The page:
The Wreaths Across America’s mission to “remember, honor and teach,” is the foundation behind all the organization’s efforts.

Throughout the year, local volunteers have been tirelessly working to make certain that families, loved ones and heroes get honored and remembered for the holidays. However, the challenge came to figure out a way in doing so that is consistent with safety concerns due to COVID-19. By order of the National Cemetery Administration from Washington, recommendations and mandates were handed down to district levels and passed on to the local channels of national cemeteries across the nation.

“When I received this notice, it broke my heart,” said Carlean Parker, local volunteer coordinator for Wreaths Across America at Corinth National Cemetery. “As the local coordinator of the Wreaths Across America ceremony and placing of the wreaths for our Corinth National Cemetery, this project is very near and dear to me. Every year I have just been more in awe of the support and participation in this event. Not only do we take sponsorships for the national cemetery, we offer the opportunity for others to purchase sponsorships for wreaths to be taken to other cemeteries. As a member of the American Legion Auxiliary Unit 6 of the Department of Mississippi, I also offer this to other units in district one who can take orders for wreaths to be picked up here and taken to cemeteries for veterans and loved ones in their areas.”

To ensure the continuance of this year’s program in the Corinth National Cemetery, modifications have been made for National Wreaths Across America Day which is Saturday, Dec. 19.

“Know that we are not dropping the ball, but are simply following the protocol that has been set before us as it is of the utmost importance to continue to show the families of our nation’s heroes just how much we appreciate their ultimate sacrifice, especially in the trying times of today,” said Parker.

At first the order came down that there would be no ceremonies and wreath laying, but after many conversations between the National Cemetery Administration and the Wreaths Across America organization, the decision to amend this year’s traditional wreath laying process was not made lightly and have gone to great lengths to address public safety while maintaining the best interests of families whose loved ones are interred the national cemeteries across the nation due to the seriousness of the COVID-19 outbreak, she said.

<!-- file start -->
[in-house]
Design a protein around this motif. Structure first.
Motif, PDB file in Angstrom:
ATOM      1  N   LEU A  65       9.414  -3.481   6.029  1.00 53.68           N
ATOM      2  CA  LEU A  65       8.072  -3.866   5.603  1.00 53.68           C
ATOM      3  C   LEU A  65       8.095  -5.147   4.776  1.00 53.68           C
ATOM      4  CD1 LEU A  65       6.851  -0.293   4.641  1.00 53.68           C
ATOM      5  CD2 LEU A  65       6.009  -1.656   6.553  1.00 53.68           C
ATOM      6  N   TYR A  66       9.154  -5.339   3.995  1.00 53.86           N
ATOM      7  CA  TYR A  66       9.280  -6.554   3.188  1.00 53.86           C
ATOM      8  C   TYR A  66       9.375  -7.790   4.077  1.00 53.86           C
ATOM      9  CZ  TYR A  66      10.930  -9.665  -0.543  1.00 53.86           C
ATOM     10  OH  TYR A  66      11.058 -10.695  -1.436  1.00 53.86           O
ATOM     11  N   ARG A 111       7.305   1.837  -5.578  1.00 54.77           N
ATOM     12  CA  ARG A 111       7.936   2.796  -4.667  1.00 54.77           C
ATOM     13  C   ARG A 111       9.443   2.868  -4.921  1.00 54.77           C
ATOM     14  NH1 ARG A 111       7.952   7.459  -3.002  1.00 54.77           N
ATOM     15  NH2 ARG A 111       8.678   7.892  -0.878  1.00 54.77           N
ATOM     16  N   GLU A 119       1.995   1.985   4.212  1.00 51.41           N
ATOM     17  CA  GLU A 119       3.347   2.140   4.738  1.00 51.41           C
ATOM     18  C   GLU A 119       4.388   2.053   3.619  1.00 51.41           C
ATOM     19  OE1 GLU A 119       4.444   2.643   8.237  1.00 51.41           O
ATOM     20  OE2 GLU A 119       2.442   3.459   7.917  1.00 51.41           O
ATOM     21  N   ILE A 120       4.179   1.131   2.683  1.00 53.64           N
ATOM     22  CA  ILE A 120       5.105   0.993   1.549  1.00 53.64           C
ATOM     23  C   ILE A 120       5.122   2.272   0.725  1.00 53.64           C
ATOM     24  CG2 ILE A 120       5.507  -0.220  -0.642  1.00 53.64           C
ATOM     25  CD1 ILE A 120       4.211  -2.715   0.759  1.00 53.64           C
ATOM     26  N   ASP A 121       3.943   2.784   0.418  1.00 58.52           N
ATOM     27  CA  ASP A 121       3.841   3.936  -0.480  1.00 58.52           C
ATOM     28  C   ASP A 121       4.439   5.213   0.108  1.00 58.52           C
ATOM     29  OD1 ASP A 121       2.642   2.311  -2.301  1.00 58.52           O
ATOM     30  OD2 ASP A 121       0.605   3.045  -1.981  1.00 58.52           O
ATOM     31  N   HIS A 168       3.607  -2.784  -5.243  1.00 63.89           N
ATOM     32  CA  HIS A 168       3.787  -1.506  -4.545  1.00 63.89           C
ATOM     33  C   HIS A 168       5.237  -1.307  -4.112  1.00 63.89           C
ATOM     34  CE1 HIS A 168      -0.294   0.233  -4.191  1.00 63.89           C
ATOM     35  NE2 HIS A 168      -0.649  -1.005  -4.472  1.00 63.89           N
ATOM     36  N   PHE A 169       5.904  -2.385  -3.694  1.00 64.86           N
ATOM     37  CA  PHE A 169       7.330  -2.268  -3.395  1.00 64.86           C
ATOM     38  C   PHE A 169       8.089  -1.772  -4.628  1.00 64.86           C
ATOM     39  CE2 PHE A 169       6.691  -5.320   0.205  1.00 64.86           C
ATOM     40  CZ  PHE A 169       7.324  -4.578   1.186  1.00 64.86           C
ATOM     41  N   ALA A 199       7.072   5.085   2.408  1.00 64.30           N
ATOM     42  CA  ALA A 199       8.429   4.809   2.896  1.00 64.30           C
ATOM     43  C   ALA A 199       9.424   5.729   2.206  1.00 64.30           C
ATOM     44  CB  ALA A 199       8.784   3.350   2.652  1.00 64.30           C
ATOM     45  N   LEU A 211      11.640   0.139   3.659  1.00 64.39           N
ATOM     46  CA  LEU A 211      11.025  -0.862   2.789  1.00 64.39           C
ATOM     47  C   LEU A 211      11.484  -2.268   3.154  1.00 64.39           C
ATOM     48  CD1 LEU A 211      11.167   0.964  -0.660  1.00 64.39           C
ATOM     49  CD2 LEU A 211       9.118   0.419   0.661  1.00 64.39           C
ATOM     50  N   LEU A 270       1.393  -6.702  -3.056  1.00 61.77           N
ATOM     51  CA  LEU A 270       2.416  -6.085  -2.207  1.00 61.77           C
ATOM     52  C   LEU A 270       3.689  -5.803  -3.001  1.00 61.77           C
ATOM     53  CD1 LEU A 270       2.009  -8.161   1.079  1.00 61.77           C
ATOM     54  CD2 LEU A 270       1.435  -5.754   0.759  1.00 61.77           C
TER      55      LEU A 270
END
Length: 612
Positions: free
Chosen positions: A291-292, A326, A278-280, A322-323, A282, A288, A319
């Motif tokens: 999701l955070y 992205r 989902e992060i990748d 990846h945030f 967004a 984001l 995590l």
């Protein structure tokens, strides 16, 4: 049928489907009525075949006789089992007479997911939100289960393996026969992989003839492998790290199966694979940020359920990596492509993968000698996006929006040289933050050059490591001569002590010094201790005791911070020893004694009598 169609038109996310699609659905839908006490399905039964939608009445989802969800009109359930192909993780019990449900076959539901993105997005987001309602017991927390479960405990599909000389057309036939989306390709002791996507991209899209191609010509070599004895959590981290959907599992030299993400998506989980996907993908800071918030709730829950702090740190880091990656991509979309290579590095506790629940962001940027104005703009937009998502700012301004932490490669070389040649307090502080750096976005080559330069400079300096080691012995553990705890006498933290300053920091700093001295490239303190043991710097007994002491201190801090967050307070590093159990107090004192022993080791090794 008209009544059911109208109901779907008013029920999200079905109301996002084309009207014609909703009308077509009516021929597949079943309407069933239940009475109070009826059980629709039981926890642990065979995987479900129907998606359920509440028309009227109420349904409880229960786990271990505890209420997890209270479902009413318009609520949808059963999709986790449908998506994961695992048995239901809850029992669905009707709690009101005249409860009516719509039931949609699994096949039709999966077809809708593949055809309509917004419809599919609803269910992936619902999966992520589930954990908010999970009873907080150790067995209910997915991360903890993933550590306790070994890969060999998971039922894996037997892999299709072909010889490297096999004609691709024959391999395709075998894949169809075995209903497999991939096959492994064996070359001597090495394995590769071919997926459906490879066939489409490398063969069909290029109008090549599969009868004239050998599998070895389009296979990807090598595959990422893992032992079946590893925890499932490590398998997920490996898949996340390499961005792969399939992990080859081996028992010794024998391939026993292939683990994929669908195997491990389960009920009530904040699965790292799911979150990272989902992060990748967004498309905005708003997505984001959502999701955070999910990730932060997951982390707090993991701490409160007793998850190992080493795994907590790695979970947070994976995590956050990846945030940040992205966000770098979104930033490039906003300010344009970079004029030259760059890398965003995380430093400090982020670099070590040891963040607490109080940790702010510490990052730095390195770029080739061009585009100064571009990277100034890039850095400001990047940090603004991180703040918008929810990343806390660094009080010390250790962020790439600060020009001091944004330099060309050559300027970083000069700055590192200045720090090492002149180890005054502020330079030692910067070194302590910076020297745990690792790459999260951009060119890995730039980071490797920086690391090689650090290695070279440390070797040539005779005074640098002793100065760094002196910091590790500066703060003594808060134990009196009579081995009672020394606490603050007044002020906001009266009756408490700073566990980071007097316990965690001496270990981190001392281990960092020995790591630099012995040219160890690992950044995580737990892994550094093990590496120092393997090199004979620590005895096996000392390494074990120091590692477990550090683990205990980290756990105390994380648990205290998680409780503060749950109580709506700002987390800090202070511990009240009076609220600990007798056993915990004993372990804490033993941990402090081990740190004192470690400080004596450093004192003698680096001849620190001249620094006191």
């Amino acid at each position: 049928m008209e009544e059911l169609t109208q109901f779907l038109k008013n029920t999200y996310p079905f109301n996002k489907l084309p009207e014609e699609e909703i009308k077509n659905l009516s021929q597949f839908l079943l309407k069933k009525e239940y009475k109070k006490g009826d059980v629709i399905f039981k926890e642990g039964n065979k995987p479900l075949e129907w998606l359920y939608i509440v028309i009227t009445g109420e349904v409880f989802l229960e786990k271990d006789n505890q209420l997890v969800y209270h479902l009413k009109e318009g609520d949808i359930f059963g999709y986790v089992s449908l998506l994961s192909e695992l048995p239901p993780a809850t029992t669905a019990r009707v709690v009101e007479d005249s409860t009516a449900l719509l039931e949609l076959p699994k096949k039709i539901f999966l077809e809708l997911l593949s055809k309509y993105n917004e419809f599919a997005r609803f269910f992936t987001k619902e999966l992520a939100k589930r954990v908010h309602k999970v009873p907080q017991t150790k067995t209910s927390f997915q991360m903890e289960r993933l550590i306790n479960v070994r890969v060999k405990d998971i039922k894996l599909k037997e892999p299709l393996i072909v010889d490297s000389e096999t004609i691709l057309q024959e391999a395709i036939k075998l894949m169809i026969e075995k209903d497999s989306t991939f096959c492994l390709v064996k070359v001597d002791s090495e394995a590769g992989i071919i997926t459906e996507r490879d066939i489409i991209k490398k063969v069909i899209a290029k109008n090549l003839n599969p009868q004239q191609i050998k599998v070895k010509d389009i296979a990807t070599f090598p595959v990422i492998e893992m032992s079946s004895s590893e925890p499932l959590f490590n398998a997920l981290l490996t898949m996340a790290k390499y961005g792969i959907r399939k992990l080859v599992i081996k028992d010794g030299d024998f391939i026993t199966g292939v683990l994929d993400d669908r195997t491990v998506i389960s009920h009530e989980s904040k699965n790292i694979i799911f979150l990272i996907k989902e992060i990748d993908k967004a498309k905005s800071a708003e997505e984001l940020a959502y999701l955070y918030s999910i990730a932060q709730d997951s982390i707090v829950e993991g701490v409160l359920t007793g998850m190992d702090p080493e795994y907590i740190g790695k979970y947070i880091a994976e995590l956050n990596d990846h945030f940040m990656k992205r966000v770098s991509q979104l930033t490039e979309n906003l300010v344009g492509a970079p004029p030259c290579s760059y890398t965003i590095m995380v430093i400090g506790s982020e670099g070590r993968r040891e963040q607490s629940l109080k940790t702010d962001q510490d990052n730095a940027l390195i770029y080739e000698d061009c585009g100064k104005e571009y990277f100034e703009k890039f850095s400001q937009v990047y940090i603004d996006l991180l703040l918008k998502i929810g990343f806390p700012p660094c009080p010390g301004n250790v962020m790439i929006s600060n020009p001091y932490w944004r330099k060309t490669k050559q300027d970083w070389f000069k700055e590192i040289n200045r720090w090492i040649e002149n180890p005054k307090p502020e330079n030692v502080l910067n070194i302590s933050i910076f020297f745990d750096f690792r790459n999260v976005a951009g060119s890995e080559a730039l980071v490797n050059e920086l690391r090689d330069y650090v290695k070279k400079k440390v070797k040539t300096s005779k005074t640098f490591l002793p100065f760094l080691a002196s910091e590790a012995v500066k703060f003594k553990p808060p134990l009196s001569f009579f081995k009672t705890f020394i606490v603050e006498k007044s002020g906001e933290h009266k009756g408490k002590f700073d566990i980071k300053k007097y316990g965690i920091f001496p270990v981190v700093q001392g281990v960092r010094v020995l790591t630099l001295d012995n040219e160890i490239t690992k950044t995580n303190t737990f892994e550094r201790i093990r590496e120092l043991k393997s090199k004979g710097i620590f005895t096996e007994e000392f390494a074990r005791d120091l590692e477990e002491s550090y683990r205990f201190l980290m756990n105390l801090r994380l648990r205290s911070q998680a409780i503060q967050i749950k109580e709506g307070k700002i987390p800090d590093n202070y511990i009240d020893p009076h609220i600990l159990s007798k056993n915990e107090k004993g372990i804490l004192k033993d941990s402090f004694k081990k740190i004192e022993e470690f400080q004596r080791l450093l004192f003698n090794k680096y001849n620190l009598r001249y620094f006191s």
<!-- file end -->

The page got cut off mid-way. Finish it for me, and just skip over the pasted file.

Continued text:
There will be no public ceremony, but local volunteers will be placing wreaths on Saturday, Dec. 19 from 1 p.m. until 2 p.m. Only 50 volunteers will be allowed for the laying of wreaths.

“We only have approximately 1,000 wreaths this year and that time frame should be ample time. If you ordered a ‘grave specific’ wreath please be assured that if you choose not to participate this year it will get to the specified grave. If you ordered wreaths to be picked up, you will be notified of the time and place for pick up. Wearing masks, gloves and practicing of social distancing is advised. Hand sanitizer will be available on the premises. I am asking that if you have been exposed to COVID or if you are sick in anyway, please do not come to this event. Your cooperation in this matter is greatly appreciated,” said Parker.

“These continued efforts prove our resolve and tell the story of our commitment to our fallen veterans while demonstrating our appreciation for everything they have done to preserve the freedom that we all enjoy today,” she added.

Parker will not be attending the wreath laying due to health reasons, but other members of the American Legion family will be on hand.

“I know this is frustrating and I do apologize, but we must follow the protocol guidelines,” said Parker. “I am in high hopes – as are many others – that things of all nature will be back to somewhat normal soon. This has been a horrible year of hardships and loss of loved ones. We are all in this together. We must band together and do what we can. I ask that you continue to pray for our military, our government and most of all, for one another.”

Editor

A 1981 University of Tennessee - Martin graduate, Mark Boehler has over 40 years of journalism experience. His wife Dawn is the love of his life and they share five grown children and 10 grandchildren. His passion is his work - writing and photography.

(0) comments

Welcome to the discussion.

Keep it Clean. Please avoid obscene, vulgar, lewd, racist or sexually-oriented language.
PLEASE TURN OFF YOUR CAPS LOCK.
Don't Threaten. Threats of harming another person will not be tolerated.
Be Truthful. Don't knowingly lie about anyone or anything.
Be Nice. No racism, sexism or any sort of -ism that is degrading to another person.
Be Proactive. Use the 'Report' link on each comment to let us know of abusive posts.
Share with Us. We'd love to hear eyewitness accounts, the history behind an article.